Starting this week, Democrats around the country will be pounding the pavement in a grass roots campaign called the Neighbor-to-Neighbor program
Gov. Howard Dean, the chairman of the Democratic National Committee, discussed the initiative and more with college journalists from the Philadelphia area at a roundtable discussion last week. Dean said that hundreds of volunteers will be knocking on doors around the country.
The volunteers will go to each door three times over the course of a year to develop relationships with voters. Dean said that building relationships with voters is essential to a successful campaign.
Most young people register non-partisan and then vote Democrat, said Dean. “We’ve got to earn their vote.” He said that in the under 30 age group everyone votes in the same proportions, unlike his age group. “It doesn’t matter if you’re white, black or brown, you turn out in the same proportions,” Dean said “We believe that everybody ought to have an opportunity and we welcome everyone to the Democratic Party. Our potential nominees reflect what our party looks like,” Dean said.
Dean tackled the issue of the war in Iraq and why the Republicans are failing the American people. He said that when the Democrats took control of the senate, they forced the president to adopt all of the 9/11 Commission recommendations. Dean said it isn’t enough though, and the Republicans are standing in the way.
“The reason that we can’t get off the big stuff done is that the president vetoes it and the minority in the senate filibusters it,” Dean said.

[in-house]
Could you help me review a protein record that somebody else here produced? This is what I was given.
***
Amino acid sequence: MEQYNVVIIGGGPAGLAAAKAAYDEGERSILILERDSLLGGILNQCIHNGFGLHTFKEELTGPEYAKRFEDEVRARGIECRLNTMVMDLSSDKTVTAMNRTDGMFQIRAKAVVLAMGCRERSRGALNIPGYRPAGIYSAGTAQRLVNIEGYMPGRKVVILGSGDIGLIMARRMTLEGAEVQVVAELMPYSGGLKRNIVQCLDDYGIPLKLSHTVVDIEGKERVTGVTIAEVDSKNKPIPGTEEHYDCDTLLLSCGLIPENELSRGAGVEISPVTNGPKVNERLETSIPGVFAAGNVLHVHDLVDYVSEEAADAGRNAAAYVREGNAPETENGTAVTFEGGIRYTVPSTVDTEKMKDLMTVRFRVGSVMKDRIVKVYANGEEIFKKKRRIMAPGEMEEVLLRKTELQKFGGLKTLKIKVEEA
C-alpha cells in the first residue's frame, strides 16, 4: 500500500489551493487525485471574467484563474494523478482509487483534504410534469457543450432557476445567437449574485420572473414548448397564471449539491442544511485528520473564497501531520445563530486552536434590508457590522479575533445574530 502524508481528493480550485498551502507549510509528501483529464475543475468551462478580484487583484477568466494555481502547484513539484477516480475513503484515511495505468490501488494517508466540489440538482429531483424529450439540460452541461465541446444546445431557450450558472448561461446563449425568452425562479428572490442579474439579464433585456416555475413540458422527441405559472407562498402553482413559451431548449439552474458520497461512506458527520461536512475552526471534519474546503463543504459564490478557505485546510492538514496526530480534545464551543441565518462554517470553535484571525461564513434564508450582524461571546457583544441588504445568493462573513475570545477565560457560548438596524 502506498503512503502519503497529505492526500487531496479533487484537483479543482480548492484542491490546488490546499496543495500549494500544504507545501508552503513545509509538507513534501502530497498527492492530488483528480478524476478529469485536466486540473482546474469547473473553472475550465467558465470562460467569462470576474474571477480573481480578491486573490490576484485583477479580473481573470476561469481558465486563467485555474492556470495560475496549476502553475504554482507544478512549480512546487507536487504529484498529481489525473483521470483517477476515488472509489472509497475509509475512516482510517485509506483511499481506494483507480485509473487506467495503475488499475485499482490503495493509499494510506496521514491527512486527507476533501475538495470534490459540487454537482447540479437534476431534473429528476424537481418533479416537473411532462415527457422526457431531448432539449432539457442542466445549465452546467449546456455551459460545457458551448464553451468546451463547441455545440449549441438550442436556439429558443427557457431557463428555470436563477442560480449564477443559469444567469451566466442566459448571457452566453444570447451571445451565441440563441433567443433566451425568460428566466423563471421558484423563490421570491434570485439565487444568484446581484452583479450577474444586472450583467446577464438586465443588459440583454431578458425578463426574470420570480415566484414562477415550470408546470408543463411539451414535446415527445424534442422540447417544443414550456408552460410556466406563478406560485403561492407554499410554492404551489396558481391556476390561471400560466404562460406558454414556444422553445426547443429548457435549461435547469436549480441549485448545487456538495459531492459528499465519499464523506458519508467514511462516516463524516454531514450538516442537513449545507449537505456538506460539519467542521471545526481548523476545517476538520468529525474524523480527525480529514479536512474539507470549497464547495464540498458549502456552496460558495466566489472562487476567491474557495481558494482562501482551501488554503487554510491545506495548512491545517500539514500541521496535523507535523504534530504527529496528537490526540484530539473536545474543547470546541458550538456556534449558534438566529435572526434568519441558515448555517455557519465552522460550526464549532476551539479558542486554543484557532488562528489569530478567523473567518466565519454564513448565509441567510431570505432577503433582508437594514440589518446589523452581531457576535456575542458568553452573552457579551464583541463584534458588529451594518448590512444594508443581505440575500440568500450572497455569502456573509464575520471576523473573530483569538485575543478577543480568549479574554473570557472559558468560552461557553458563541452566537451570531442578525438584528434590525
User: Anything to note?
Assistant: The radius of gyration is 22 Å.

To combat terrorism, Dean said he sees improving economic conditions in the Middle East as a non-violent solution. “We need to improve people’s living standards in Iraq and Pakistan as a neutral antidote to terrorism,” Dean said.
Not all of Dean’s comments were negative; he commended twenty-somethings for seeing themselves as global citizens and utilizing technology to level the playing field for everyone.
“Your generation is grossly underestimated in what they’ve accomplished,” Dean said. It took eight years to get the public against the war in Vietnam and Dean said that with this generation, it took three and a half years for the war in Iraq.
Dean also said he wants to make education more affordable for young people. To help fight the rising costs of higher education, Dean said that there needs to be a national service program. Young people could spend two years in the Peace Corps, Americorps, the military or some other service program and then they could receive huge costs breaks for college. It would not be mandatory, Dean said, it would be made available to 60 percent to 70 percent of young people.
“Most people go into college not wanting to know what they want to do and experience like this can help narrow down what you may or may not want to do,” Dean said.
“You can’t talk about improving America without talking about financing higher education,” Dean said.
LeAnne Matlach can be reached at firstname.lastname@example.org.